Precise Launches New Virtual Appliance for TPM

By Chris Preimesberger  |  Posted 2011-06-03 Print this article Print

Using the server-based Precise Virtual Appliance, IT managers now can manage private cloud applications in a short amount of time, thanks to an automated deployment approach.

Data center software management specialist Precise on June 2 launched an upgraded software package aimed at accelerating the transaction performance of enterprise applications, many of which are struggling to handle larger and larger data sets as time goes on.

Using the server-based Precise Virtual Appliance, IT managers now can deploy a new-generation version of transaction performance management to manage private cloud applications in a short amount of time, thanks to its automated deployment approach.

Unlike previous generations of application performance technology, which require the provisioning, deployment and configuration of a new server, the new Precise Virtual Appliance simply downloads, gets named, and then is made available to the network, Assaf Sagi, product manager for Composite Applications at Precise, told eWEEK.

Too Good to Be True?

Sounds almost too easy to be true. This type of application performance management is not simple to do correctly.

"The trouble with transaction performance management is that the transactions that need to be monitored usually span multiple applications and systems," wrote longtime IT analyst/journalist Mike Vizard in his blog. "As such, deploying a transaction monitoring system is inherently complex. And yet without one, many IT organizations wind up trying to sort through reports from dozens of different tools in order to get an approximate idea of actual transaction performance.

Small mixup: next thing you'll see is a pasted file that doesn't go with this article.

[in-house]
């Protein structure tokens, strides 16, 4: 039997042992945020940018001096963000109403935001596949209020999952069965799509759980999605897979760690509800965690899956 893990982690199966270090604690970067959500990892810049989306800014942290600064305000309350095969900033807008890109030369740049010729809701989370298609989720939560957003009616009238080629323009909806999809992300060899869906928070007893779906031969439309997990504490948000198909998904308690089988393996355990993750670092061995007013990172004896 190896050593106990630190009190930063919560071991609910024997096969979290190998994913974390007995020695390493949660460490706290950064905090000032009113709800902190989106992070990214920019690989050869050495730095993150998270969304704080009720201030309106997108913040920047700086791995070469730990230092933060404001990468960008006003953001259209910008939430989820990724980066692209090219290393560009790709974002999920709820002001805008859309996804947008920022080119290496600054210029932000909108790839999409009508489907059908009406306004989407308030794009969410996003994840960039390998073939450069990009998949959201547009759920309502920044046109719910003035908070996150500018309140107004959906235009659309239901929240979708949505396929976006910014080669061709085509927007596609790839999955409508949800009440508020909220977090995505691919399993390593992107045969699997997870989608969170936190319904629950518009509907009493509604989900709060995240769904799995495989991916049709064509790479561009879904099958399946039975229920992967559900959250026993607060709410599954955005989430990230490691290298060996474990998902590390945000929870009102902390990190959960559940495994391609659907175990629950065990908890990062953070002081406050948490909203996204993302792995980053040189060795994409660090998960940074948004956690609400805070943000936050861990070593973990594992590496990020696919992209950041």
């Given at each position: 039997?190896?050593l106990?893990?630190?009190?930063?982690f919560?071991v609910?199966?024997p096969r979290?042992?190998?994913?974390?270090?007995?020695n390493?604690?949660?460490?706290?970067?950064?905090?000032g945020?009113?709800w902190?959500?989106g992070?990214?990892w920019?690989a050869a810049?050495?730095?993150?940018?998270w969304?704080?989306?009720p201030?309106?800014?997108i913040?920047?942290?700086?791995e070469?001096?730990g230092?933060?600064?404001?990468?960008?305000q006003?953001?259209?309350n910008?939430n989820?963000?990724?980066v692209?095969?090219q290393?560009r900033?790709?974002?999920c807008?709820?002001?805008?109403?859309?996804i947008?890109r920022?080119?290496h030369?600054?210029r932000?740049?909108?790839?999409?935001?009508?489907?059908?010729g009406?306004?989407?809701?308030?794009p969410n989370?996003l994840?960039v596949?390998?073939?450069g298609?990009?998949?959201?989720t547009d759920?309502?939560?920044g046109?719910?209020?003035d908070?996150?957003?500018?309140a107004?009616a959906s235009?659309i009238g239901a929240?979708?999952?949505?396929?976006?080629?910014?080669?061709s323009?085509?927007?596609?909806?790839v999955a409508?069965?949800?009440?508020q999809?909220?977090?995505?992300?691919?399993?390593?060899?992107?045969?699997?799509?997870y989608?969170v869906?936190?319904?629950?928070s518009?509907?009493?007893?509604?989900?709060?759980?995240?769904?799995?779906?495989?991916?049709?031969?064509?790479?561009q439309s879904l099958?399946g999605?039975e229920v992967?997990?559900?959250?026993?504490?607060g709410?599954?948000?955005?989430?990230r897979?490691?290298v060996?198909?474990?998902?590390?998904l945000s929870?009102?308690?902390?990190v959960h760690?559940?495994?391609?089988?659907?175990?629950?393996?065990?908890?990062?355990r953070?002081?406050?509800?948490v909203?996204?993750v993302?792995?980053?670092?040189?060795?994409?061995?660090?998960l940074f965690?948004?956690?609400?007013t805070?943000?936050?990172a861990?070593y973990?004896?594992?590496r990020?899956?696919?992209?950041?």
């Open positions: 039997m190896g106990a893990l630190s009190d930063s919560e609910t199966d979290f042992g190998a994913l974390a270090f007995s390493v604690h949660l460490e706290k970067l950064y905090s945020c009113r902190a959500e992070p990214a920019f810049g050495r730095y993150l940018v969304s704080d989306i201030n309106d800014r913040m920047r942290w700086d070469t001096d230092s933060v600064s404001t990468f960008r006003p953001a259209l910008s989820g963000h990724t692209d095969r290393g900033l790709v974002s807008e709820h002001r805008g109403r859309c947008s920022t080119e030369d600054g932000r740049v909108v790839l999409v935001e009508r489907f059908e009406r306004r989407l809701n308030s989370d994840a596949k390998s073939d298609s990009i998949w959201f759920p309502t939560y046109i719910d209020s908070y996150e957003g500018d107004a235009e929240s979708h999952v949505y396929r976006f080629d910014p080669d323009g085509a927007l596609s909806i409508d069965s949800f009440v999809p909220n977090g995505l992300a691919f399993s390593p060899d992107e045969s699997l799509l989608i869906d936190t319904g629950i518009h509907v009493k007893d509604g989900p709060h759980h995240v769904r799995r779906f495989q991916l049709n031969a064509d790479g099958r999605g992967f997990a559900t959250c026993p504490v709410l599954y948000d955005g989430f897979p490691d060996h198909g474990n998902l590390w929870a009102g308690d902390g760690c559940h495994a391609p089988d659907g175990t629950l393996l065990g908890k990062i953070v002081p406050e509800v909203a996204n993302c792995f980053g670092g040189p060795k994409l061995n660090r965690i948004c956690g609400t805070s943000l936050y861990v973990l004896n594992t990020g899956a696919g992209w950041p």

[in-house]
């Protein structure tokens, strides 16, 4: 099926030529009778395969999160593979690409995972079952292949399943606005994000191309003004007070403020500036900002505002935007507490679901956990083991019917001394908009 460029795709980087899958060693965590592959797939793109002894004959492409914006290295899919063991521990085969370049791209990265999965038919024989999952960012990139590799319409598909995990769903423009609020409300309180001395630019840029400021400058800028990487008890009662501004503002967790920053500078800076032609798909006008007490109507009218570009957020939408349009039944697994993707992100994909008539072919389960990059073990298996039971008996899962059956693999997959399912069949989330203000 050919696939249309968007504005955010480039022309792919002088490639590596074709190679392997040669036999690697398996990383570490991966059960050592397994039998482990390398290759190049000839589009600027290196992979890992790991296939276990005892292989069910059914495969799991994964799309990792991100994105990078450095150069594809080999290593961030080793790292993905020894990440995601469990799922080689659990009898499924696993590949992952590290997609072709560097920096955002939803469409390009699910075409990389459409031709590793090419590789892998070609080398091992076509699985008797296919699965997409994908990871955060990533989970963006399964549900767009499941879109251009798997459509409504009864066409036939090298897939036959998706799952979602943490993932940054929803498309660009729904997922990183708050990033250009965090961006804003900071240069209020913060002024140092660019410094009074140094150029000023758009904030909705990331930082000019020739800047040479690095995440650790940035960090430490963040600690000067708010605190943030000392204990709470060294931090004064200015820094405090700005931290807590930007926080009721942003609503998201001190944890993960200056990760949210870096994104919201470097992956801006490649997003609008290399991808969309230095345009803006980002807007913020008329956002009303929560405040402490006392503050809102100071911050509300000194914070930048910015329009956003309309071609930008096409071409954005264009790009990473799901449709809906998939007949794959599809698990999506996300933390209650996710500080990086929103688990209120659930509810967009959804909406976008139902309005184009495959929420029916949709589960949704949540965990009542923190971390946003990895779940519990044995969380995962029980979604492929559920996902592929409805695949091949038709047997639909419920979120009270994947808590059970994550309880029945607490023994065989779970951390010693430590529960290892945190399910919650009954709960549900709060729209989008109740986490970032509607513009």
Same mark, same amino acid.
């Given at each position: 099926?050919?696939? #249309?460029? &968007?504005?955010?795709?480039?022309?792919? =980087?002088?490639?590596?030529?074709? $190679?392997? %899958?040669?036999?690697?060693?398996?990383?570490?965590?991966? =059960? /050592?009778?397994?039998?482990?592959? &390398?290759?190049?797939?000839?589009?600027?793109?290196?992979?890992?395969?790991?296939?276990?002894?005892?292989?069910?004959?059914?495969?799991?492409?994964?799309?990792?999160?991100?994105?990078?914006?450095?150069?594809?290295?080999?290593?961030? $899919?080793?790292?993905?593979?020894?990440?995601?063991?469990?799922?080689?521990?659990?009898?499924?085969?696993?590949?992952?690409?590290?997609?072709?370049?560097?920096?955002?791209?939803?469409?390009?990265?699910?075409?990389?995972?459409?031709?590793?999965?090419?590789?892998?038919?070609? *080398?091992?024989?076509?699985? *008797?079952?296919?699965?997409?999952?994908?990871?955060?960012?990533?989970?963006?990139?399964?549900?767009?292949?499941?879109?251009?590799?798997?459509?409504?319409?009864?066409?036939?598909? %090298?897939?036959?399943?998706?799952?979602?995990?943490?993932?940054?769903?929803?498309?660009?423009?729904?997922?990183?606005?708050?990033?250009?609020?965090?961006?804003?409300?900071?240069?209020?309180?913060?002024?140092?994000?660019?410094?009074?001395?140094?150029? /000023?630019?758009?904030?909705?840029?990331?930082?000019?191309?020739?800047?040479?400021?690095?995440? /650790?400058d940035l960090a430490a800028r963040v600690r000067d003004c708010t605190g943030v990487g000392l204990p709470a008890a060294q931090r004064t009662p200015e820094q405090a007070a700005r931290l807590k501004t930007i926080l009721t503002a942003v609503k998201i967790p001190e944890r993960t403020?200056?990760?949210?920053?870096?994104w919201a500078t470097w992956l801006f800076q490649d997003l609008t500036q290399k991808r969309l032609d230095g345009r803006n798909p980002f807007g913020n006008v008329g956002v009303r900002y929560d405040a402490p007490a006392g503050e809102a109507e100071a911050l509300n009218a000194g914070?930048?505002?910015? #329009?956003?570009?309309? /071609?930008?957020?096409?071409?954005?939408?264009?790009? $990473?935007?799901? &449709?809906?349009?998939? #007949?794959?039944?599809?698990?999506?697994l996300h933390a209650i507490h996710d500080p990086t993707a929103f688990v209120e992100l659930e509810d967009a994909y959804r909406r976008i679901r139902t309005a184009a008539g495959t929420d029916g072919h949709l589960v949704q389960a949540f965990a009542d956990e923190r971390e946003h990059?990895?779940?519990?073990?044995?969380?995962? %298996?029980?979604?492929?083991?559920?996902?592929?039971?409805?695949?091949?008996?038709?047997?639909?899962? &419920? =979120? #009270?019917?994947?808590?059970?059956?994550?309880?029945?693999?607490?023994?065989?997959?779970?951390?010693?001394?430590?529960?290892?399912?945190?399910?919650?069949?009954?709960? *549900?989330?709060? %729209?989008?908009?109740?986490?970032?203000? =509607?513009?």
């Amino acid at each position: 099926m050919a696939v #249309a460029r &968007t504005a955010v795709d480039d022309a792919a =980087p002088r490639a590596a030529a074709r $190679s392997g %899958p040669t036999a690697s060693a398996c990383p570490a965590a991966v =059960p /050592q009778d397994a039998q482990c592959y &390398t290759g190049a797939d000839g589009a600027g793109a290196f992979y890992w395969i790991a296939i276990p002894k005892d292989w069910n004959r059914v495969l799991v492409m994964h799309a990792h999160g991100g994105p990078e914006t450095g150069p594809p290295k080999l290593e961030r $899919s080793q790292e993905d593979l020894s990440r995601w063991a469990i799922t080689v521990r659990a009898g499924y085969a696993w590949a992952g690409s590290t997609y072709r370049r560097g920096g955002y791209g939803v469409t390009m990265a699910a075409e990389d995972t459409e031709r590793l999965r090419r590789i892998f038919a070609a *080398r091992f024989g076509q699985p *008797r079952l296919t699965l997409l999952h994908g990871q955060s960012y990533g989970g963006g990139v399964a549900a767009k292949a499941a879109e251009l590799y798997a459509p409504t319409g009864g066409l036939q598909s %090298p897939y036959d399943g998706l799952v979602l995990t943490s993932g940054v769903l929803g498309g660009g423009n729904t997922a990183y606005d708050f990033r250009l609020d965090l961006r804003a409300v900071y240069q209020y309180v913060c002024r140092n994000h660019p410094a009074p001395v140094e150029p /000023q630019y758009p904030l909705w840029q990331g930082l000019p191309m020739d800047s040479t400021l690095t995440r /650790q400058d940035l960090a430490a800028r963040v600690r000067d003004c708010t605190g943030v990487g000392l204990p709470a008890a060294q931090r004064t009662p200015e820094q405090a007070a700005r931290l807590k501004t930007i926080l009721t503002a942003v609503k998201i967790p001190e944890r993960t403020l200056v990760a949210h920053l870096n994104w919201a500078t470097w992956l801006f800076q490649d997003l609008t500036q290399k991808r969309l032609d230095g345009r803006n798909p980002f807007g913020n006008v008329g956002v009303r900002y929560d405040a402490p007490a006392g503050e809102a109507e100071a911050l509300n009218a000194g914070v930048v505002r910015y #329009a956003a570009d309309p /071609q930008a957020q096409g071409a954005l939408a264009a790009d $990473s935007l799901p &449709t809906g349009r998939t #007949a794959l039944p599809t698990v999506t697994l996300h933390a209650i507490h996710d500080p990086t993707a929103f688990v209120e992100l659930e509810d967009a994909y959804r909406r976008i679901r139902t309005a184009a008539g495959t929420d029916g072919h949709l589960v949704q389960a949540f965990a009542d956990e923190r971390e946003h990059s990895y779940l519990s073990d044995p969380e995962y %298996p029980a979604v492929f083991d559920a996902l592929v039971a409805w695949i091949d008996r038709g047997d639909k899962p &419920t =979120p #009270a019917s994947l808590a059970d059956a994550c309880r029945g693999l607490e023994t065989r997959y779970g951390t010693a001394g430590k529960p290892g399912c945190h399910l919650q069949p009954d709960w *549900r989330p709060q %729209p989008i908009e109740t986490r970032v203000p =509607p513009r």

"The folks at Precise want to take the headache and guesswork out of transaction performance management with the release of their new managed service."

The increasing use of virtualized machines has made virtual appliances popular because they are relatively easy to handle. With the new Virtual Appliance, users can become productive with basic TPM metrics within hours, Sagi said.  The software is particularly useful to customers with dynamic private cloud applications because it gives them more agility, Sagi said.

Precise's Virtual Appliance does not require any special/additional hardware and infrastructure; it supports physical, virtual, cloud or hybrid environments with one solution; and it offers unified management and administration of all frameworks in a cloud system.

Twenty-year-old Precise, based in Redwood City, Calif., has about 1,500 customers worldwide, Sagi said.

Chris Preimesberger Chris Preimesberger was named Editor-in-Chief of Features & Analysis at eWEEK in November 2011. Previously he served eWEEK as Senior Writer, covering a range of IT sectors that include data center systems, cloud computing, storage, virtualization, green IT, e-discovery and IT governance. His blog, Storage Station, is considered a go-to information source. Chris won a national Folio Award for magazine writing in November 2011 for a cover story on and CEO-founder Marc Benioff, and he has served as a judge for the SIIA Codie Awards since 2005. In previous IT journalism, Chris was a founding editor of both IT Manager's Journal and and was managing editor of Software Development magazine. His diverse resume also includes: sportswriter for the Los Angeles Daily News, covering NCAA and NBA basketball, television critic for the Palo Alto Times Tribune, and Sports Information Director at Stanford University. He has served as a correspondent for The Associated Press, covering Stanford and NCAA tournament basketball, since 1983. He has covered a number of major events, including the 1984 Democratic National Convention, a Presidential press conference at the White House in 1993, the Emmy Awards (three times), two Rose Bowls, the Fiesta Bowl, several NCAA men's and women's basketball tournaments, a Formula One Grand Prix auto race, a heavyweight boxing championship bout (Ali vs. Spinks, 1978), and the 1985 Super Bowl. A 1975 graduate of Pepperdine University in Malibu, Calif., Chris has won more than a dozen regional and national awards for his work. He and his wife, Rebecca, have four children and reside in Redwood City, Calif.Follow on Twitter: editingwhiz

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